While he explained the flavor nuances between a junmai sake and a non-junmai sake—where the rice utilized in making the sake had its husk and 50% of its kernel polished off in the pre-fermentation process—I asked him how his job performance is measured. Does he have a sales quota? Or is there some kind of softer metric for his success for his company?

"I'm not measured on having to sell bottles of sake. It's my job to encourage people like you to come out and try sake." He held up one of the sake bar's glasses, which are traditionally made of white porcelain with blue concentric rings in the center to aid the human eye in assessing the color of the wine. "Sake is like a river that flows through Japanese culture. It could be considered holy. When a baby is born, she is brought to a Shinto shrine in her first few weeks of life to be blessed, and her lips are wet with sake. When a person dies and is buried in the Buddhist tradition, sake is poured in a glass at their grave in tribute."

"I don't imagine that would happen with beer," I said, visualizing Arlington Cemetery with a series of Miller LIte six-packs littering the otherwise pristine green grass and pure white grave markers.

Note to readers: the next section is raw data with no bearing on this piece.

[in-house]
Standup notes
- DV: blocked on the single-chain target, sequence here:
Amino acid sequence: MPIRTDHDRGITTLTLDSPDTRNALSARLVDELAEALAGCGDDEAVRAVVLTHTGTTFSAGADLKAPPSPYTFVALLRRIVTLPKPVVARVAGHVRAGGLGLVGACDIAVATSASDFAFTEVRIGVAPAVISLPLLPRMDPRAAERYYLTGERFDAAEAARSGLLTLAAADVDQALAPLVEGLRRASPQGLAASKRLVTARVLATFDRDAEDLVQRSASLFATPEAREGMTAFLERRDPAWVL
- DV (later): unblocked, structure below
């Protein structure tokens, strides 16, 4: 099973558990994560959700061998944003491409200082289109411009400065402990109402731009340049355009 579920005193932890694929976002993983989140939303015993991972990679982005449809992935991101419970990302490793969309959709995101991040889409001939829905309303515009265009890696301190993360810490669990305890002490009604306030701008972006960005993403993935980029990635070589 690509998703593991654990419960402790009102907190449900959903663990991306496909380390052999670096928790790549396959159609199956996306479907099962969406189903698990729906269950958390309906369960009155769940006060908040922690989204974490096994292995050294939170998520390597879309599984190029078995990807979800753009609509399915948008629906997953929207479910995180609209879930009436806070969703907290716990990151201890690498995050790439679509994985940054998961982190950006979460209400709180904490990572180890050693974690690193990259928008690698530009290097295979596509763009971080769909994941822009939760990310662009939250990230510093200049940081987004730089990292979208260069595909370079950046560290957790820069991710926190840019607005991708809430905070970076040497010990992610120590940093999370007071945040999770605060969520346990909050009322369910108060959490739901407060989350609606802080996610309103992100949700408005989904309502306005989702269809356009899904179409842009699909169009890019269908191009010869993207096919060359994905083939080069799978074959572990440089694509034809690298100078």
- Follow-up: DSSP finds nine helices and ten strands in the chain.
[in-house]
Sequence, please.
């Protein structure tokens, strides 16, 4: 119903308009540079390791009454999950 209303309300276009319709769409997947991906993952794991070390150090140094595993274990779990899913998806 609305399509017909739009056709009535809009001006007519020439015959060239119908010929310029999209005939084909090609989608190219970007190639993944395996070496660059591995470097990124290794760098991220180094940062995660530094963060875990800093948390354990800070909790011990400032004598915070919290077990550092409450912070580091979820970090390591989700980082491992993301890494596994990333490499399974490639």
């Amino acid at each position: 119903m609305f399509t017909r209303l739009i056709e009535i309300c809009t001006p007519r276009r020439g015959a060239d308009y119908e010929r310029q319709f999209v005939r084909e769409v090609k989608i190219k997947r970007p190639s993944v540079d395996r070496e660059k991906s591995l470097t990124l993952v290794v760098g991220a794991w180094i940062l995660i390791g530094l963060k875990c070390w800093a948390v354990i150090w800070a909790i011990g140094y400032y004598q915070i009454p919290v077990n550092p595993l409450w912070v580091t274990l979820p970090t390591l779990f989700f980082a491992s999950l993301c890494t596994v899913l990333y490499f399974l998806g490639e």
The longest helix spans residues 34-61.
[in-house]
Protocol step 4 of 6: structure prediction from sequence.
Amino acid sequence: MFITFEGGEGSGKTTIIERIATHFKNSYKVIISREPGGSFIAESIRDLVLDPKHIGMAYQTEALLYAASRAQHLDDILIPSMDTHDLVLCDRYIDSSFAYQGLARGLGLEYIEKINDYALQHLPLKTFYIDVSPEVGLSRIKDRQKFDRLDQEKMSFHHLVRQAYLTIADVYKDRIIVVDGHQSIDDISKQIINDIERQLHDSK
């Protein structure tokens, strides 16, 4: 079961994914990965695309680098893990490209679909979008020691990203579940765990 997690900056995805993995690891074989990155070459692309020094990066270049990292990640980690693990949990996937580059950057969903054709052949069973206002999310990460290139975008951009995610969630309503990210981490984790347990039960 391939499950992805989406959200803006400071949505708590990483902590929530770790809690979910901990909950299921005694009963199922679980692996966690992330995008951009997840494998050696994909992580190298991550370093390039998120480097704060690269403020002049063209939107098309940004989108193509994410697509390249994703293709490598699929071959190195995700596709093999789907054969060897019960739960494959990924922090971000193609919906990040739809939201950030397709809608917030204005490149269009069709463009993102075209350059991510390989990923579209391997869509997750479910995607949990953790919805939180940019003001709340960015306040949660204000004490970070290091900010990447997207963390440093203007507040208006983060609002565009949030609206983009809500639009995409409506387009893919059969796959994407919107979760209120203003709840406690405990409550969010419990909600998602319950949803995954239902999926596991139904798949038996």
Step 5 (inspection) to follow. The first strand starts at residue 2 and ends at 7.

"So, my job isn't to sell my employer's sake. It's to build relationships around sake." He pointed to my hand, which was clutching about 2 oz. of his employer's (admittedly) delightful junmai sake. "My traveling and holding tastings is going to encourage more people to start drinking sake. It's to encourage more people to show up with one of these sake glasses and ask for a pour. It would be foolish if I was focusing just on selling bottles, and not in the best interest of my employer."

For emphasis, he pointed to the bar's special glasses again. "If you sell someone a bottle, they will drink the bottle. But if you sell them a glass, they will always need to refill the glass."

He leaned over, his eyes twinkling behind square-rimmed, elegant Japanese glasses. "And the glass is always empty. It always needs to be filled."

Are you selling your clients yet another of these proverbial bottles of sake?

Or are they holding up the glass they've acquired from you, expecting a refill?